Larry Flanigan

Husband, father, grandfather, fisherman, golfer, fireman, and first aid/EMT 

Dad was a fisherman, a captain, and a Keys fan – what better way to think of him than with this passage from Jimmy Buffett’s book set in the Keys. – Excerpt from A Salty Piece of Land by Jimmy Buffett (Chapter 43, Page 474)

Eulogy Read June 8, 2008 

Let me begin with heartfelt thanks to all of our friends, neighbors, and family who have extended such profound support and caring during these past few years and more specifically the past weeks. Hibernia Co 1, the many medical professionals, the dialysis center, the hospice workers, the friends on the internet, the neighbors, the old friends, and simply everyone – Thank you does not even begin to say enough; we are humbled by your compassion.


My father's life should not be measured by how he left this world, but by how he lived his life. Although my father's life was marked by the loss of so many he loved, he never forgot to enjoy life and LIVE it to the fullest. He lost his father when he was 17 shortly after, he lost his aunt, both to hypertrophic cardiomyopathy, only we did not know it then. A few years later, he lost his only sister to a car accident, he spoke of her fondly even 40 years after her passing. In 1990 his brother was taken in his late 40’s, and five years later, we lost our sister Lori at the age of 36, both to HCM. While each of these took a toll on Dad – he was filled with life, energy, and a passion for adventure. He could smile in the face of pain, crack a joke and make just about anyone smile – even if the joke were a bit worn.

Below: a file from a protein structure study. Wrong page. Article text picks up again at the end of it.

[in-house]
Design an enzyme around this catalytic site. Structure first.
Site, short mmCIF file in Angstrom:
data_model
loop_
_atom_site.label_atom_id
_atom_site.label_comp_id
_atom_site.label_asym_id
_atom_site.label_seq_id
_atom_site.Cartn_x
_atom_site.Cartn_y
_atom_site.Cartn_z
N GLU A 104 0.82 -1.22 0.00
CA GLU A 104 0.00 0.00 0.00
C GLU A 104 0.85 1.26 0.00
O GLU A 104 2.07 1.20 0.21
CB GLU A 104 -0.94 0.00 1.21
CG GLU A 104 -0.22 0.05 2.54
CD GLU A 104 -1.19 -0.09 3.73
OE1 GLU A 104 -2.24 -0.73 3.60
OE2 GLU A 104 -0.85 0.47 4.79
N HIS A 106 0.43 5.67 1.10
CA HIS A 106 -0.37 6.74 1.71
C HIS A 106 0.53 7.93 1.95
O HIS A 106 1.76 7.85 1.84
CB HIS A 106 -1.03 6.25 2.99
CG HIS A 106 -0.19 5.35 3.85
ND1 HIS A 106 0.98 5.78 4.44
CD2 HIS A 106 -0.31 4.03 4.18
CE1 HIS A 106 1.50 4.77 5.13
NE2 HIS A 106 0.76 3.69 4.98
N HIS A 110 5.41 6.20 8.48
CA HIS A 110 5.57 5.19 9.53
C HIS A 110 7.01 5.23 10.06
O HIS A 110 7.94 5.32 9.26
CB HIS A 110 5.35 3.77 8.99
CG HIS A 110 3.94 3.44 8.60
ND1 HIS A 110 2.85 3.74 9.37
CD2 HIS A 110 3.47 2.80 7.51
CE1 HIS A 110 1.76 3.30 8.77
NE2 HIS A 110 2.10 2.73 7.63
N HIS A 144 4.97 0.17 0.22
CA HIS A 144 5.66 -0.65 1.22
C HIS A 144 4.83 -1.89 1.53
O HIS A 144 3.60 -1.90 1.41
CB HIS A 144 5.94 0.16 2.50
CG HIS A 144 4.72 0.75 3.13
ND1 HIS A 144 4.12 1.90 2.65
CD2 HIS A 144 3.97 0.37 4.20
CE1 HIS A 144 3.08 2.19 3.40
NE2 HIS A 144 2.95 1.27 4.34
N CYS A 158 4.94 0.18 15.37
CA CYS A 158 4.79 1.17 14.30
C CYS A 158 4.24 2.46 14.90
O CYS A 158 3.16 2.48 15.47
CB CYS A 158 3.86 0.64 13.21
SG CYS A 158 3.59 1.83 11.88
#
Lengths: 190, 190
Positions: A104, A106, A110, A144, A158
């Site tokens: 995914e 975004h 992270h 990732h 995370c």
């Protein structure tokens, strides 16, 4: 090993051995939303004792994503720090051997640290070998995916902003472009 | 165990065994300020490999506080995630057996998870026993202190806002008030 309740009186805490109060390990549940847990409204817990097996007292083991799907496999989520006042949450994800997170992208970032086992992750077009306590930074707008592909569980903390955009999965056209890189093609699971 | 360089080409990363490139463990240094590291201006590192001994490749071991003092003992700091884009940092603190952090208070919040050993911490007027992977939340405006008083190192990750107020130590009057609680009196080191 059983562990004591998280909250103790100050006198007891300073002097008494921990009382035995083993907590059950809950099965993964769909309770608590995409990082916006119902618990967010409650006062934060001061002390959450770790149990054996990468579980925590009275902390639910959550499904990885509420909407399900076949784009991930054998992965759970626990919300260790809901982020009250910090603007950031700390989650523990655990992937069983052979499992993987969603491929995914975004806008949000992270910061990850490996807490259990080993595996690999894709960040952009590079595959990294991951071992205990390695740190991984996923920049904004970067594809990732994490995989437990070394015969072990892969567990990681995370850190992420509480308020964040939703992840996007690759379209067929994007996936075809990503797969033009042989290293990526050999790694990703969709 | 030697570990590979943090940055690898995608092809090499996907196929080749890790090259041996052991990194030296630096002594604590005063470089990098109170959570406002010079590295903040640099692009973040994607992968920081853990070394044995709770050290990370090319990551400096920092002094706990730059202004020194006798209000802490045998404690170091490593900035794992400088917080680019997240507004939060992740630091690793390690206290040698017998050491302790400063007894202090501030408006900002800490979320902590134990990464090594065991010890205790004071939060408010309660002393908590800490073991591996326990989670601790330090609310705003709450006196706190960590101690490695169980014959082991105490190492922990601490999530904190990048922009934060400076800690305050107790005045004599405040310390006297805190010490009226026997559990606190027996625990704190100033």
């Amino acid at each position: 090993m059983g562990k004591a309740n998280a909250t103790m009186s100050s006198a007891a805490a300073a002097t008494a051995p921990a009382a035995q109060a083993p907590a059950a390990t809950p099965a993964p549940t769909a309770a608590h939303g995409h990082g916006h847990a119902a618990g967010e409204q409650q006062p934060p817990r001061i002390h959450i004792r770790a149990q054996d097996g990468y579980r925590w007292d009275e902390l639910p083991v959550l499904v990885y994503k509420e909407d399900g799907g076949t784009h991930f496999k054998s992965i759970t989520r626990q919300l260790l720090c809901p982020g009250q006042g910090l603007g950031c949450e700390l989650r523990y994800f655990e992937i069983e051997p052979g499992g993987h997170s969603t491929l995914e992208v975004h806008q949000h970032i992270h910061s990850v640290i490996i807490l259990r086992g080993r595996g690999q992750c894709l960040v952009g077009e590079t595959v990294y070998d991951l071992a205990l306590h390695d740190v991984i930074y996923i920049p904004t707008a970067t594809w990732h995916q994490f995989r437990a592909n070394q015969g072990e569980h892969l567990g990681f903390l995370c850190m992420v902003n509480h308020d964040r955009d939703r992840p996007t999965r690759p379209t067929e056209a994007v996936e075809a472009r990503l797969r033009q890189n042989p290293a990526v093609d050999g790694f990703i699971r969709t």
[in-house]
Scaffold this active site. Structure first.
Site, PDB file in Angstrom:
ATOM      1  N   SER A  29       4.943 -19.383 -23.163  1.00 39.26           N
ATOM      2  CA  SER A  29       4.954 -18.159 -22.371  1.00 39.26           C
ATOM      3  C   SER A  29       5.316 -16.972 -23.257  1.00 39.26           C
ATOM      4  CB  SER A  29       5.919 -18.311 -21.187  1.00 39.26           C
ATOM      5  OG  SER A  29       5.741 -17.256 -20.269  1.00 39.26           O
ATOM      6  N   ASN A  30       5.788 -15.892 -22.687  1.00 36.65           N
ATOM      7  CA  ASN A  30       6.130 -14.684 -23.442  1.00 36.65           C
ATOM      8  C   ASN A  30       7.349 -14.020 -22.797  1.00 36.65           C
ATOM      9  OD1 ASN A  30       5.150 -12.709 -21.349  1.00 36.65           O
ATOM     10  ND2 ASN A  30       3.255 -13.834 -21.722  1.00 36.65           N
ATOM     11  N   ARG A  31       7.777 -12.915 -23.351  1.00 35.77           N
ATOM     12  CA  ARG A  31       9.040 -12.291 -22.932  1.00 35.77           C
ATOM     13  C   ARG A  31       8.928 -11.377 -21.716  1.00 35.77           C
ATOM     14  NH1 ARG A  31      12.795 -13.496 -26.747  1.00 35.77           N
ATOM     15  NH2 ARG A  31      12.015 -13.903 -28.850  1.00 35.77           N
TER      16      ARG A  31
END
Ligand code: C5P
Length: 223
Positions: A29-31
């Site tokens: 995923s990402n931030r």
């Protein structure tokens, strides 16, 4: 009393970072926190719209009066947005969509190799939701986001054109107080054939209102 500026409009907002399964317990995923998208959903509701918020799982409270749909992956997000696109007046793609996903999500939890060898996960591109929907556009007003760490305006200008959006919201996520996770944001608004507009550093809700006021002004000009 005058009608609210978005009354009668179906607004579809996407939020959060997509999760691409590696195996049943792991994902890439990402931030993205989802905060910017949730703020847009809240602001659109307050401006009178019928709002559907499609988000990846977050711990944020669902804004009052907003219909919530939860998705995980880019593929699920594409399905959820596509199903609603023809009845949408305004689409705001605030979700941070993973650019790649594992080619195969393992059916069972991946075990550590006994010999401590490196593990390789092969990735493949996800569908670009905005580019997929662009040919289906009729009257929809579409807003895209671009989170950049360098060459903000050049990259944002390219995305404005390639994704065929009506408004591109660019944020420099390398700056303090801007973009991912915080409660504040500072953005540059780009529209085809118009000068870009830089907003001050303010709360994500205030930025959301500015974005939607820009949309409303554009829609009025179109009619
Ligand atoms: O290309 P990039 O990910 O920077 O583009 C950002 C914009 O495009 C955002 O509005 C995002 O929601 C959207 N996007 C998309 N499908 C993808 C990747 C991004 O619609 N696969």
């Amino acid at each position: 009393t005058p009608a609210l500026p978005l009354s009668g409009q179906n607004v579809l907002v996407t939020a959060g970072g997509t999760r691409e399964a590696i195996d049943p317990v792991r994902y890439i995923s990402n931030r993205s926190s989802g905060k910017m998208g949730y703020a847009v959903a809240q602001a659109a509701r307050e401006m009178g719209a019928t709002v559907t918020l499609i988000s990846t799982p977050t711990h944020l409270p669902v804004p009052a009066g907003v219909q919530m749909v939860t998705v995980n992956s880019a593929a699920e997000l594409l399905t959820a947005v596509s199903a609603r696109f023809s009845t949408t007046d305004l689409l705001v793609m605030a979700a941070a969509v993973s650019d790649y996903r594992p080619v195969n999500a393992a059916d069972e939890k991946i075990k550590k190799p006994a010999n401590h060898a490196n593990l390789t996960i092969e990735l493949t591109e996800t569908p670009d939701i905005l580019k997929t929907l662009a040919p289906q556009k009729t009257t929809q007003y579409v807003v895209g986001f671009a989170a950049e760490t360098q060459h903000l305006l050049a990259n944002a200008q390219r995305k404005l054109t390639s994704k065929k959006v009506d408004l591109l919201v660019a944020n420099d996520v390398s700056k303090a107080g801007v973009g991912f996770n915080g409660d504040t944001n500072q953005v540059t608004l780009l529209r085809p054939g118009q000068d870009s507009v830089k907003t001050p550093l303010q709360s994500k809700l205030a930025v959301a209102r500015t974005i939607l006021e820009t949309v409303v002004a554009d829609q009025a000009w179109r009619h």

My dad was born in Dover and lived his entire life as a resident of Rockaway Twp. He was the oldest of 3 children, his parents, Lawrence Sr. and Catherine lived in Hibernia, and his father was a founding member of Company 1.


My parents were married for over 52 years – 52, long, interesting, turbulent, fun, rarely dull, and story-filled years. In the past 2 years, mom went above and beyond the call of duty to ensure Dad had the best care, it was not easy on her, and we appreciate all she did for him, and he appreciated it too.


Early in his professional life, his adventurous side took over. He set out to forge his own path by becoming a sole proprietary and opening Viking Sewing Center – around the corner from the Singer store, his former employer – not a simple task by any means, and it became a true family affair with both he and my mother as well as each of us kids taking our turns working Saturdays and summers in the store – some of us even had our very own “office” space in the back – also known as a playpen! Larry joined him in the business as a young man and continues there to this day.


We, his children and grandchildren, knew him like no others; we knew his sense of humor, his work ethic, his need for levity in a serious situation, and his passion for real gourmet food, hot dogs, sausage and peppers, egg foo young, stuffed cabbage – all really HOT – with a really cold ginger ale! And let us not forget his attempt to convince his young kids that cheesecake and ketchup make the perfect dessert!


He had a passion for fishing which began in the streams, brooks, rivers, and lakes of NJ and took him to the Rocky Mountains to fish the Bitterroot and to the Florida Keys, where he graduated to the position of “Captain Larry’ aboard the “Lori – Anne” where he set out to Pickles and Molasses Reefs in search of yellow tail or on the bay to enjoy the beauty of the mangroves and catch some snappers and maybe a look at a manatee.